View current sections...
This course will examine the cultural and social significance of Amerindian languages in Latin America. Spanish and Portuguese will be related in language situations to Amerindian languages, such as Quechua, Aymara, the Mayan languages, Nahuatl, and Guarani. Some African-substratum Creole languages will be used to illustrate the multifaceted relations between language and ethnic group, sex, nation, geography, social class, context, and social interaction. Prerequisite: Membership in the University Honors Program. LEC
View current sections...
A survey of the major indigenous traditions of Mesoamerica, the Andes, and lowland tropical Latin America. Coverage emphasizes how indigenous cultural traditions and societies have both continued and changed since the European Invasion and addresses such current issues as language rights, territorial rights, sovereignty, and state violence. Students enrolled in the 600-level section will be required to complete additional research and class leadership tasks. Not open to students who have taken LAA 634. (Same as ANTH 379,.) LEC
View current sections...
Although approximately 600 indigenous languages are spoken by 30 million people in Latin America, public life is conducted in Spanish. The class provides a comprehensive survey of language issues in Latin America by analyzing the situation of minority language groups, language rights, language policies, and language planning, as well as by considering the questions that arise regarding bilingual education, literacy, and the role of minority languages in educational systems. LEC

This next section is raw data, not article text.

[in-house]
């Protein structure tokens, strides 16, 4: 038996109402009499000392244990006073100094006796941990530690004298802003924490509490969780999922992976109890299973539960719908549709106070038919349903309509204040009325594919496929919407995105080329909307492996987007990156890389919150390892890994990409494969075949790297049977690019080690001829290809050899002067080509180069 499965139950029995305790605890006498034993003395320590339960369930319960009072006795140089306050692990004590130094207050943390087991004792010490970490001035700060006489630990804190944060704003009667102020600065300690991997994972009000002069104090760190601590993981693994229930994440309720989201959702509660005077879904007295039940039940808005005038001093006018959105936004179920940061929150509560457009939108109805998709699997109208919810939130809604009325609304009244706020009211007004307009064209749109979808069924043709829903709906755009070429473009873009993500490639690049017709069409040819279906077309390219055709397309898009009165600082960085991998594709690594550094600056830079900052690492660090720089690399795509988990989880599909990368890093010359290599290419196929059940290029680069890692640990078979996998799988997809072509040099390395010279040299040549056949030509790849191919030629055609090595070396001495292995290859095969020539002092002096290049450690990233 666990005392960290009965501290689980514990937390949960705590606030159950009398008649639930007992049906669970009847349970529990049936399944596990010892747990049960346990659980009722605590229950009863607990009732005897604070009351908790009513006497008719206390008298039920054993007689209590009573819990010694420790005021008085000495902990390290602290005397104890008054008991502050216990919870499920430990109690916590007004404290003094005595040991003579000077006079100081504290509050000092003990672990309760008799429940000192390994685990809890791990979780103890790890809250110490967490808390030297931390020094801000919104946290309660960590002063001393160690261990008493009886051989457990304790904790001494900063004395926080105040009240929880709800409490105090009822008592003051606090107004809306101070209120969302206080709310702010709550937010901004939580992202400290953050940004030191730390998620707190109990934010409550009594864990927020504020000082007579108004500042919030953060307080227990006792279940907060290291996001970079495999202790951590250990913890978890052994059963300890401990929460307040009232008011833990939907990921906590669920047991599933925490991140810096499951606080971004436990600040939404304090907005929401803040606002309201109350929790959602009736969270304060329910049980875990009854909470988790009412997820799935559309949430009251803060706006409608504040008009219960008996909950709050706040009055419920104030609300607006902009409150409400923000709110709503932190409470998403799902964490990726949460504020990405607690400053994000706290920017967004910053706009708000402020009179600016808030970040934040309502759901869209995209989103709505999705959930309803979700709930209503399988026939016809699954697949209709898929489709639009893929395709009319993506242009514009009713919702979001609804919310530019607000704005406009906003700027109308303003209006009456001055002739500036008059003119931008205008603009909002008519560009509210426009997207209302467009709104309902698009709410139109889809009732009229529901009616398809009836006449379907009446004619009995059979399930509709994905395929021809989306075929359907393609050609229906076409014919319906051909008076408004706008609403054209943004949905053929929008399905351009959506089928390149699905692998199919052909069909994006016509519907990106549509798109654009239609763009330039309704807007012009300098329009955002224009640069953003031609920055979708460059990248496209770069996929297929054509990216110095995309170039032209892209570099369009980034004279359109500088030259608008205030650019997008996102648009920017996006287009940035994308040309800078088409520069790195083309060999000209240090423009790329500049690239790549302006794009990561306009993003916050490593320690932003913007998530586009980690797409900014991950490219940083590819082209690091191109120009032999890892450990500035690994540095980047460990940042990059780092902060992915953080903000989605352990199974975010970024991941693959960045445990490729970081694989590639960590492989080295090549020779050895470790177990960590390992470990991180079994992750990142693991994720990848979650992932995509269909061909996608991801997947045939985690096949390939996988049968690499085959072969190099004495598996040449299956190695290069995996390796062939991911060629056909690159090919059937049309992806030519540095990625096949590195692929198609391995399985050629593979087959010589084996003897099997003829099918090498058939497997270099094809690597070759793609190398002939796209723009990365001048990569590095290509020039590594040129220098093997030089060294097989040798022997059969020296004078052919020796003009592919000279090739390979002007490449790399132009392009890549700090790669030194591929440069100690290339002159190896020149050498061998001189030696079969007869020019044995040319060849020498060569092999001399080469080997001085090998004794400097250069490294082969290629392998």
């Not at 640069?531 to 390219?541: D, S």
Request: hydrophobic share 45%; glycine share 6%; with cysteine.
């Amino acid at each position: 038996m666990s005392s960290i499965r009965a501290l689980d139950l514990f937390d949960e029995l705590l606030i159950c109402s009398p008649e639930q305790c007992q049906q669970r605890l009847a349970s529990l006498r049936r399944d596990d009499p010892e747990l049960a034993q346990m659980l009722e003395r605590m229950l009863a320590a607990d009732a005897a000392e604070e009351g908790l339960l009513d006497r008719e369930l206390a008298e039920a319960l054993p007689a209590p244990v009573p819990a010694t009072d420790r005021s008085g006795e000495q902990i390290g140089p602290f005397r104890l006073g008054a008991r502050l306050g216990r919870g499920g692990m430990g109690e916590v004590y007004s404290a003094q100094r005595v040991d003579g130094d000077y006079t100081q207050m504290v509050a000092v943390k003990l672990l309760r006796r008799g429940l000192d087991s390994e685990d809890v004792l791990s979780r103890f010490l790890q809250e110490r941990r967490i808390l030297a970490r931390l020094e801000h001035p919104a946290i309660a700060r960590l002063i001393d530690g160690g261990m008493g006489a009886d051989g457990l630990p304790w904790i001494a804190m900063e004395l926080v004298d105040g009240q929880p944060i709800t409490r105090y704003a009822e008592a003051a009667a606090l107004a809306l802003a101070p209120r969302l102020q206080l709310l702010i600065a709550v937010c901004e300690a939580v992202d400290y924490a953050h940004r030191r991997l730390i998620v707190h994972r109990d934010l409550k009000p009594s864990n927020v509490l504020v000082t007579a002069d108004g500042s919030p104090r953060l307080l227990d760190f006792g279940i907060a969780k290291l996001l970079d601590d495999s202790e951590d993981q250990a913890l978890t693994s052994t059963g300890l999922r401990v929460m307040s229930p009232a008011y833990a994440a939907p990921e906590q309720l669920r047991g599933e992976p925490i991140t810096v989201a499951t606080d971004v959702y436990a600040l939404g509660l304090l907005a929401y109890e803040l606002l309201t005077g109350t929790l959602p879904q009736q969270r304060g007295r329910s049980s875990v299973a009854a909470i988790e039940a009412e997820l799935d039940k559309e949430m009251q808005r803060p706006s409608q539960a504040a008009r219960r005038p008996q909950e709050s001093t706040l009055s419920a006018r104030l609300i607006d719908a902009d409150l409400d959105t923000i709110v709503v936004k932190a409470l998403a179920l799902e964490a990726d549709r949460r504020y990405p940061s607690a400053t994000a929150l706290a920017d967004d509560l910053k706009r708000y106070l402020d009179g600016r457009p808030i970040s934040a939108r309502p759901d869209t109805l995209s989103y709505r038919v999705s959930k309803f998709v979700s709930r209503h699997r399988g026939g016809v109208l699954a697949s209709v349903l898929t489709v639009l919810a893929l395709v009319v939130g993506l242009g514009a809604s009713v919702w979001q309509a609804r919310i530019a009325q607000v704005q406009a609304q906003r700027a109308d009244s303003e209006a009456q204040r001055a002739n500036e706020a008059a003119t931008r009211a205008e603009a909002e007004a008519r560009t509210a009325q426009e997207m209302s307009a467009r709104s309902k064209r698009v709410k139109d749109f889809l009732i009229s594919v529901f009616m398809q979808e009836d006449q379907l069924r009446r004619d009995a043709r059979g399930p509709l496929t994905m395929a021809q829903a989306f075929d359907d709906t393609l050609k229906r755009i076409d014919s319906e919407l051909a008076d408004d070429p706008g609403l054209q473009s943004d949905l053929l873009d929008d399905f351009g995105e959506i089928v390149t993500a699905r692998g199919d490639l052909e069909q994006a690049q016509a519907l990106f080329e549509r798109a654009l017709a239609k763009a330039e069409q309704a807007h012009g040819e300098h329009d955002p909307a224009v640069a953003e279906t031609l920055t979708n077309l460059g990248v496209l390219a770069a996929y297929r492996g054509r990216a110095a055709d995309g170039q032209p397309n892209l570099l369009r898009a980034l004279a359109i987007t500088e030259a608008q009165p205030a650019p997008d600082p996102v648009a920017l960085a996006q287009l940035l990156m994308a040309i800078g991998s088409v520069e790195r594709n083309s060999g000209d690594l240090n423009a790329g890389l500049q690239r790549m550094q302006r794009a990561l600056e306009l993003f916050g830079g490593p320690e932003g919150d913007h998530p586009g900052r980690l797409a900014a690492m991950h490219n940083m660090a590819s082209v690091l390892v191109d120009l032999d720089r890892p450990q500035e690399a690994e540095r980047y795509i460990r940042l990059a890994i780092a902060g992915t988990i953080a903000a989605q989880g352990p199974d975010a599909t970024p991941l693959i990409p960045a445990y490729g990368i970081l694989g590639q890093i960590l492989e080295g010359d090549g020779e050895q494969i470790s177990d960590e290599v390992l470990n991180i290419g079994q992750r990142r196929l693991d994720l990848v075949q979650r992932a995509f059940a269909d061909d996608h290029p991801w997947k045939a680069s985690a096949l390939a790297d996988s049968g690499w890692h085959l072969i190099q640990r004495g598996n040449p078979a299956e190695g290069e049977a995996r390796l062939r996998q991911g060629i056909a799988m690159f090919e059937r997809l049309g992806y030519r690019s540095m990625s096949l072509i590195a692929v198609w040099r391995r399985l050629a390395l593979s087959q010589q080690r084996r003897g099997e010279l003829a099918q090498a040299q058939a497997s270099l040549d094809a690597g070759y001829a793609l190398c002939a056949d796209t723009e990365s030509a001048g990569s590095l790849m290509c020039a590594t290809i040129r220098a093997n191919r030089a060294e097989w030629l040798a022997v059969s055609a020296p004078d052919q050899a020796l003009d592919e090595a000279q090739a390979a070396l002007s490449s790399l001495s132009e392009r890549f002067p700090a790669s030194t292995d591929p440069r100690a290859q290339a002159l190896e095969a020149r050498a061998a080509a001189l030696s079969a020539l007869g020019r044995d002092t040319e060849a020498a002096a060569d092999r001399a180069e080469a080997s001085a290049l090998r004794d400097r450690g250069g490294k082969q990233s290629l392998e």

View current sections...
Investigation of special topics on Latin America at the undergraduate level. LEC
View current sections...
Intensive study and research under faculty direction. Open to students wishing to graduate with honors in Latin American Studies and having a grade point average of at least 3.5 in Latin American Studies and at least 3.25 overall. Requires an interdisciplinary project concerning a specific topic involving at least two disciplines. Must be directed by a faculty member in Latin American Studies, approved by the Center Associate Director, and defended before a committee of at least three faculty members. To earn departmental honors, a student must take the course for two semesters (with a minimum grade of B the first semester, and an A the second). LEC
View current sections...
Independent study and directed reading on special topics. IND
View current sections...
Examines the sociolinguistic issues of multilingual countries in Latin America from an interdisciplinary perspective. Topics include but are not limited to linguistic inequality, the language of politics, language and education, urban and rural linguistic interaction, and indigenous and creole languages. Prerequisite: A liberal arts course with Latin American content. LEC
View current sections...
The development of cultural identity in Latin America is traced through the study of major narrative trends including Amerindian languages and the analysis of "indigenista" literature. The African substratum of Latin American culture and its relation to concepts such as "marvelous realism" is explored. The importance of "race," "gender," and "ethnicity" are investigated as tools to define national identity in Latin America. The influence of modernization, industrialization, and nationalistic and populist thought on their emergence of distinctive writing and themes is also assessed. LEC
View current sections...
This course explores the relationship between political development and cultural phenomena of Latin America from 1800 to the present, with special emphasis on gender, popular culture, and ideology. The influences of 20th-century ideologies and technology on cultural development in Latin America will also be examined. LEC
View current sections...
This course follows the development of U.S. Latino and Latin American cinema from its origins to the present and its relationship with literary discourse. U.S. Latino/Latin American cinema can be seen as a specific practice that cannot be reduced in all its manifestations to the institutional mode of production of the dominant Hollywood model. The course examines the creation of a national cinema that seems to be more dependent on a literary canon. Knowledge of Spanish is not required. LEC